deadmau5: > album title goes here <

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Techno, electronica and house music can be tricky to judge. It’s a frantic breed of music that throws aside actual instruments in favor of an electronic soundboard. Where once existed guitars, now comes synth.

In this genre, a song works or it doesn’t. It’s as simple as the ear taking in a series of beats and bumps in just the right way. Joel Zimmerman, better known as the mouse-head adorned deadmau5, knows the tricks. The Toronto-based producer is back with his sixth full-length album, > album title goes here <</i>, and he hasn’t forgotten how to play.

Never lacking in beats, > album title goes here <</i> thrives on a combination of vocal-intensive tracks and beat-fueled mixes. “Superliminal,” the album’s opening track, is heavily reminiscent of For Lack of a Better Name’s “FML.” Like the previous entry, “Superliminal” spends most of its time ramping listeners up for the album. It feels weak in comparison to the album’s heavy hitters, but does a fine job setting the tone.

“Channel 42” and the previously released “There might be coffee” are > album title goes here <</i>’s synth-heavy stars. Completely voiceless and undeniably catchy, these tracks are danceable tunes with attitude. Fresh off of “Superliminal, “Channel 42” is a punchy tune with a fast pace. “There might be coffee” is more of a steady climb. Clocking in at over eight minutes, it’s one of the album’s more interesting songs. While it slowly twists and turns in true progressive style, it remains rooted to a central tune.

But the album’s real treasures are found in its vocalist-studded beats. “The Veldt” is a throwback to recently deceased Ray Bradbury’s short story of the same name. Fan and singer Chris James provided the track’s dreamy, shoegaze-style vocals. A call for vocals during a livestream resulted in the unexpected collaboration, and a dreamy, Daft Punkian track was born. “The Veldt” is the album’s slowest track, with James’ vocals crawling over Zimmerman’s beats in a way that is both mesmerizing and totally relaxing. It’s a hard jump to the album’s next vocal track, “Professional Griefers.” Loaded with the frantic vocals of My Chemical Romance’s Gerard Way, it’s a track that bounds between perfectly pumpable to ear-grating. There’s no doubting the song’s energy, which dials the notch up to 10, but it’s a love-or-hate kind of venture.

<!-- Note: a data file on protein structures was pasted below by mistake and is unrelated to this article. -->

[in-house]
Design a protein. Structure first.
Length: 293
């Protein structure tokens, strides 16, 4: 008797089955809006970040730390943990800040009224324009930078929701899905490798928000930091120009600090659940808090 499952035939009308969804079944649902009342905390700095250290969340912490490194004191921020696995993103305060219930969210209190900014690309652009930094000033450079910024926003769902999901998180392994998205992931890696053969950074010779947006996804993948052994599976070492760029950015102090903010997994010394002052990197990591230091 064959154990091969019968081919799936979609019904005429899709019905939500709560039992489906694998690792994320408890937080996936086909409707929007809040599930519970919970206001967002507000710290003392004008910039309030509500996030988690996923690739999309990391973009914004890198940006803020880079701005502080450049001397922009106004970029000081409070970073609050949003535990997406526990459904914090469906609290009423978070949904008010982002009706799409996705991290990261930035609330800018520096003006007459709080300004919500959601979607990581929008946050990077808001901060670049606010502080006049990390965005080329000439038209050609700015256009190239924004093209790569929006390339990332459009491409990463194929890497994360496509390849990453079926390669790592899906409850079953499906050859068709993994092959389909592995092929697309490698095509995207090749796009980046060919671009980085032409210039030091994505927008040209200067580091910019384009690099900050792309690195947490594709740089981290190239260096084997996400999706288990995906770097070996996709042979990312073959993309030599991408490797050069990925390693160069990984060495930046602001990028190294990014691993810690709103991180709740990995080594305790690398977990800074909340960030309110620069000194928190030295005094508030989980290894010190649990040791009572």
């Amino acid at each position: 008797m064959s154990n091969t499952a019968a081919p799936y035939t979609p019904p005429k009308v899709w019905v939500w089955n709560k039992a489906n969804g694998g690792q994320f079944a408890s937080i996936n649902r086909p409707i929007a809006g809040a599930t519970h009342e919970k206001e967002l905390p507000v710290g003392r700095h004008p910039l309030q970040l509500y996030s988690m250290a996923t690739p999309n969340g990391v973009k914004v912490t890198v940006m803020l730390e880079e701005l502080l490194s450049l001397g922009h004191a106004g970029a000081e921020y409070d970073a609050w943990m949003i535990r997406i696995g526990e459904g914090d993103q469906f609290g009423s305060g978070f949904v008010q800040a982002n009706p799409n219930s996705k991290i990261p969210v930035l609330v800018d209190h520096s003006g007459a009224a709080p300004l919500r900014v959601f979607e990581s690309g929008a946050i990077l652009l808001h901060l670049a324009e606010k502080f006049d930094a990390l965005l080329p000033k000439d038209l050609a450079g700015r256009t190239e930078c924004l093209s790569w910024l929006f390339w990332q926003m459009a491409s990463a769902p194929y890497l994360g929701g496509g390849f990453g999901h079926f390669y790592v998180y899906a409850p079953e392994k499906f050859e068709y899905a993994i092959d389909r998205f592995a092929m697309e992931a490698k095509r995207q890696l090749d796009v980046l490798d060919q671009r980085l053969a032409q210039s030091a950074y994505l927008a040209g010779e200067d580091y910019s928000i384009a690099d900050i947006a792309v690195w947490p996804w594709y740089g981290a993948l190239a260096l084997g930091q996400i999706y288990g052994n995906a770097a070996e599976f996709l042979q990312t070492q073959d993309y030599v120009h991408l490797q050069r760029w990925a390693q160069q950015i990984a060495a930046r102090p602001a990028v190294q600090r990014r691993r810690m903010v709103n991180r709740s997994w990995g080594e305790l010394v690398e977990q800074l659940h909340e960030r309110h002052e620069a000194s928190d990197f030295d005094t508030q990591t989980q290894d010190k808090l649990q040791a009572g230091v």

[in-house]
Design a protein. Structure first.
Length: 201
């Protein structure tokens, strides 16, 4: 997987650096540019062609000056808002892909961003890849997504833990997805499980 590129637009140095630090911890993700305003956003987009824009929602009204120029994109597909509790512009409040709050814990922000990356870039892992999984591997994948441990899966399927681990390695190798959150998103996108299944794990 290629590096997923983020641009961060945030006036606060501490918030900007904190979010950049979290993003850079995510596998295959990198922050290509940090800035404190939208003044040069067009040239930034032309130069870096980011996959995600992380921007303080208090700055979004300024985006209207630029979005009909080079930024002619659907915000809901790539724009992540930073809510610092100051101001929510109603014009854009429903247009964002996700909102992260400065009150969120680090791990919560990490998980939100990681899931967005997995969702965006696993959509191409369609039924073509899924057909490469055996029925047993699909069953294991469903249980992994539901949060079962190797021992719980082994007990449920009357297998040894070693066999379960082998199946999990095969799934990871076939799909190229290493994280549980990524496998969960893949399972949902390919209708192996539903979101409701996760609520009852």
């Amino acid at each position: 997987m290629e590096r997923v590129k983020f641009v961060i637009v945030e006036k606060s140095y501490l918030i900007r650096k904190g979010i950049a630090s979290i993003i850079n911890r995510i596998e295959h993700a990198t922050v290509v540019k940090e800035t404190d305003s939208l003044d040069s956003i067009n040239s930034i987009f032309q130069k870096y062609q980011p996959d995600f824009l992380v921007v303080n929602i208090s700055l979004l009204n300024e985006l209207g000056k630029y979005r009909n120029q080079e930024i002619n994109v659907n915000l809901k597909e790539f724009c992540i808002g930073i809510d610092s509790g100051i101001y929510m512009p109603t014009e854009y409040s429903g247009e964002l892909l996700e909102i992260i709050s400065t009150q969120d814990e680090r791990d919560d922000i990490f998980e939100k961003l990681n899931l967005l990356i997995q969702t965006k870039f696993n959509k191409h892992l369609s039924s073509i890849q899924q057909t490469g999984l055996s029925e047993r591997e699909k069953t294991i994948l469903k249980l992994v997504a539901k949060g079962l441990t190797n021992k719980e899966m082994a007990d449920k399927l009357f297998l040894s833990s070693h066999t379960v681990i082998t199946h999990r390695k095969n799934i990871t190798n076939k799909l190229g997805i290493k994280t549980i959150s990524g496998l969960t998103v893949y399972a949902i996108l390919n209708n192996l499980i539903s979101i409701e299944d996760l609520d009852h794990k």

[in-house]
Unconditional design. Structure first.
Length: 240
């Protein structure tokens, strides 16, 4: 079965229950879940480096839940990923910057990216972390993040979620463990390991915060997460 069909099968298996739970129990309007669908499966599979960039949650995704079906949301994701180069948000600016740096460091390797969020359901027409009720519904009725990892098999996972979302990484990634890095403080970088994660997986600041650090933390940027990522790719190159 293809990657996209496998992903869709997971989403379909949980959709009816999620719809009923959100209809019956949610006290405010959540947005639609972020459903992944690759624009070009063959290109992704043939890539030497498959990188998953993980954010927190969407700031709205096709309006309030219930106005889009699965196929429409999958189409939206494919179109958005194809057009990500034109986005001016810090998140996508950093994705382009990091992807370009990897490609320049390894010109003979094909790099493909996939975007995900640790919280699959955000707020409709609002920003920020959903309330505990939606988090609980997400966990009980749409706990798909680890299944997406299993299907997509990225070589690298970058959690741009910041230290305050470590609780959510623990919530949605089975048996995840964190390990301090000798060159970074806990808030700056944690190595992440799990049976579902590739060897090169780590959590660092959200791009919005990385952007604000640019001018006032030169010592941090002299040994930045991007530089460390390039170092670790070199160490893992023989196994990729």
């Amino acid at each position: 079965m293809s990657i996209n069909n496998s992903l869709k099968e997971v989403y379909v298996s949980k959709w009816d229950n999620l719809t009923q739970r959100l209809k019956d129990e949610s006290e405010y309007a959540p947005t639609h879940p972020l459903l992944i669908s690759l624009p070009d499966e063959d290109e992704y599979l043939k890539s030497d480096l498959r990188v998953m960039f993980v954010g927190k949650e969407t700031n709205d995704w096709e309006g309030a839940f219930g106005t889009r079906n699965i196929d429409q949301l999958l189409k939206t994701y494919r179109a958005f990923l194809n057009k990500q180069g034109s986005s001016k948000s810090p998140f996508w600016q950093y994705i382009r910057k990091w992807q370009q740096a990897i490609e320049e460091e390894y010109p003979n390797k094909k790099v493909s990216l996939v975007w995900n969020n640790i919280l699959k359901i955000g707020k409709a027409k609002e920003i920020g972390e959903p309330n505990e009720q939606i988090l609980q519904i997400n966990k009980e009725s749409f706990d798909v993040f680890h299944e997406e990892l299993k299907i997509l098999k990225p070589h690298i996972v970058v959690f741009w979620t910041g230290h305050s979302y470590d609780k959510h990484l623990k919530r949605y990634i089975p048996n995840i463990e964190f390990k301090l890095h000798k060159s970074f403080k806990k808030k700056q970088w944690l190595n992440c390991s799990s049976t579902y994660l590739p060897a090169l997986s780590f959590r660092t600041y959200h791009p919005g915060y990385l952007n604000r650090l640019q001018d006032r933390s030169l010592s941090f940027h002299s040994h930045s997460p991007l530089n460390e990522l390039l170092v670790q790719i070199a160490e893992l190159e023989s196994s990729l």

“Failbait,” the Cypress Hill track, is a fairly predictable one. While they rap about smoking weed (so high, so high, so high), the beats keep rolling. In terms of creative direction, it’s exactly what you’d expect. The track isn’t bad if you’re a fan of hip-hop, but it’s a weak link for > album title goes here <</i>. Finishing out strong is Imogen Heap, with “Telemiscommunications,” a slow, somber track that drains the album’s frenetic energy like pus from an infected wound. > album goes here <</i> ends so softly and subtly that you might at first believe it’s only taking a pause. When you realize it’s truly over, it’s a somber discovery.

> album goes here <</i> is nothing short of infectious. With one taste you’ll crave more, until every song is frantically thumping through your head at all hours of the night. Armed with a collection of adrenaline-pumping beats and diverse vocal appearances, it’s a musical force that continues to establish Zimmerman’s place among the house music greats.